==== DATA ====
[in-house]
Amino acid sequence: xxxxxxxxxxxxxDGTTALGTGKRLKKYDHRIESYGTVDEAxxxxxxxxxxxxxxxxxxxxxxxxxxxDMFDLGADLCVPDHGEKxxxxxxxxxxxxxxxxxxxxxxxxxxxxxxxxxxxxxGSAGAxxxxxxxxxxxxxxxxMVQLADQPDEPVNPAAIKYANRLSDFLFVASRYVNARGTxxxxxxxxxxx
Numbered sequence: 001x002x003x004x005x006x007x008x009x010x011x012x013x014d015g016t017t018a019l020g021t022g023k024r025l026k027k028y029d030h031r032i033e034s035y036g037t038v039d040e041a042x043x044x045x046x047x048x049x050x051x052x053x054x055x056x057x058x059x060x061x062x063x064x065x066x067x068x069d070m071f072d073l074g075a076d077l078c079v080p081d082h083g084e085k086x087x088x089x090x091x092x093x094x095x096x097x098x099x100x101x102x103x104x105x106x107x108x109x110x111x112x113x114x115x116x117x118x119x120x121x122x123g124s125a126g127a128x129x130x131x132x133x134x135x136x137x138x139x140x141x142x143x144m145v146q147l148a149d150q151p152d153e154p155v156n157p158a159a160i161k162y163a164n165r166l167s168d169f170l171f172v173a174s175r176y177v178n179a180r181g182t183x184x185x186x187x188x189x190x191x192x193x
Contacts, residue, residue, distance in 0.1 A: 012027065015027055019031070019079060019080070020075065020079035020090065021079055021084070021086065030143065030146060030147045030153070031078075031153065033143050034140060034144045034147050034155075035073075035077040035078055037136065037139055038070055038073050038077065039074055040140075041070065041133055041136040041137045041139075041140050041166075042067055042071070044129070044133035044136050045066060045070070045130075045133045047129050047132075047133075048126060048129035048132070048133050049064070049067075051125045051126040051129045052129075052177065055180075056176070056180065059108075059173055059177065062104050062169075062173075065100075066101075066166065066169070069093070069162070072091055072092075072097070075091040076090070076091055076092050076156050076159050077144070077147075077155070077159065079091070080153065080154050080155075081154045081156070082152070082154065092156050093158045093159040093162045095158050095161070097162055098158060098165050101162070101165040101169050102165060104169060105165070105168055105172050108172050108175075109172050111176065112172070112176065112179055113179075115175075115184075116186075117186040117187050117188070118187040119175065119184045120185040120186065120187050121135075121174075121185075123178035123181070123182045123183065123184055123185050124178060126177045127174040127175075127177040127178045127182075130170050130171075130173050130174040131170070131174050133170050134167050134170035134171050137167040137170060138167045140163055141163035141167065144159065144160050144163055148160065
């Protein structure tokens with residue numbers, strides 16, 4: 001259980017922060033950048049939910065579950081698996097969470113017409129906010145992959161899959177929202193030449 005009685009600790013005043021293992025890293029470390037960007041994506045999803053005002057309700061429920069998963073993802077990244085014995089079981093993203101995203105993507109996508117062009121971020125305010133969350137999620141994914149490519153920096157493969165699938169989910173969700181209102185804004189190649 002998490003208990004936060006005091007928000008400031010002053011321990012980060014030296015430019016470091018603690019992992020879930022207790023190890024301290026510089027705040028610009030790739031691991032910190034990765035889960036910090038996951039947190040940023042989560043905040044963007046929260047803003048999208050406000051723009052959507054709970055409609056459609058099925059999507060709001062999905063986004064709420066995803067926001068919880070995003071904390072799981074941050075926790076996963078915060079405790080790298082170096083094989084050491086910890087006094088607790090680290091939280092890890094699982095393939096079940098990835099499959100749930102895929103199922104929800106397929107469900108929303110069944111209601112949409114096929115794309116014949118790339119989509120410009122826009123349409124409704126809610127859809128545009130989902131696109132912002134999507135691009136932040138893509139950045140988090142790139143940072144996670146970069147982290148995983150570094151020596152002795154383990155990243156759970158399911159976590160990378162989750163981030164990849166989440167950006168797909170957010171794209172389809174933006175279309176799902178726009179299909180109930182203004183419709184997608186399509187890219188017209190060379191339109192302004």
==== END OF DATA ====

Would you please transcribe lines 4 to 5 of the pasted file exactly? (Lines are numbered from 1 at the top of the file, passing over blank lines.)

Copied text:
Contacts, residue, residue, distance in 0.1 A: 012027065015027055019031070019079060019080070020075065020079035020090065021079055021084070021086065030143065030146060030147045030153070031078075031153065033143050034140060034144045034147050034155075035073075035077040035078055037136065037139055038070055038073050038077065039074055040140075041070065041133055041136040041137045041139075041140050041166075042067055042071070044129070044133035044136050045066060045070070045130075045133045047129050047132075047133075048126060048129035048132070048133050049064070049067075051125045051126040051129045052129075052177065055180075056176070056180065059108075059173055059177065062104050062169075062173075065100075066101075066166065066169070069093070069162070072091055072092075072097070075091040076090070076091055076092050076156050076159050077144070077147075077155070077159065079091070080153065080154050080155075081154045081156070082152070082154065092156050093158045093159040093162045095158050095161070097162055098158060098165050101162070101165040101169050102165060104169060105165070105168055105172050108172050108175075109172050111176065112172070112176065112179055113179075115175075115184075116186075117186040117187050117188070118187040119175065119184045120185040120186065120187050121135075121174075121185075123178035123181070123182045123183065123184055123185050124178060126177045127174040127175075127177040127178045127182075130170050130171075130173050130174040131170070131174050133170050134167050134170035134171050137167040137170060138167045140163055141163035141167065144159065144160050144163055148160065
């Protein structure tokens with residue numbers, strides 16, 4: 001259980017922060033950048049939910065579950081698996097969470113017409129906010145992959161899959177929202193030449 005009685009600790013005043021293992025890293029470390037960007041994506045999803053005002057309700061429920069998963073993802077990244085014995089079981093993203101995203105993507109996508117062009121971020125305010133969350137999620141994914149490519153920096157493969165699938169989910173969700181209102185804004189190649 002998490003208990004936060006005091007928000008400031010002053011321990012980060014030296015430019016470091018603690019992992020879930022207790023190890024301290026510089027705040028610009030790739031691991032910190034990765035889960036910090038996951039947190040940023042989560043905040044963007046929260047803003048999208050406000051723009052959507054709970055409609056459609058099925059999507060709001062999905063986004064709420066995803067926001068919880070995003071904390072799981074941050075926790076996963078915060079405790080790298082170096083094989084050491086910890087006094088607790090680290091939280092890890094699982095393939096079940098990835099499959100749930102895929103199922104929800106397929107469900108929303110069944111209601112949409114096929115794309116014949118790339119989509120410009122826009123349409124409704126809610127859809128545009130989902131696109132912002134999507135691009136932040138893509139950045140988090142790139143940072144996670146970069147982290148995983150570094151020596152002795154383990155990243156759970158399911159976590160990378162989750163981030164990849166989440167950006168797909170957010171794209172389809174933006175279309176799902178726009179299909180109930182203004183419709184997608186399509187890219188017209190060379191339109192302004």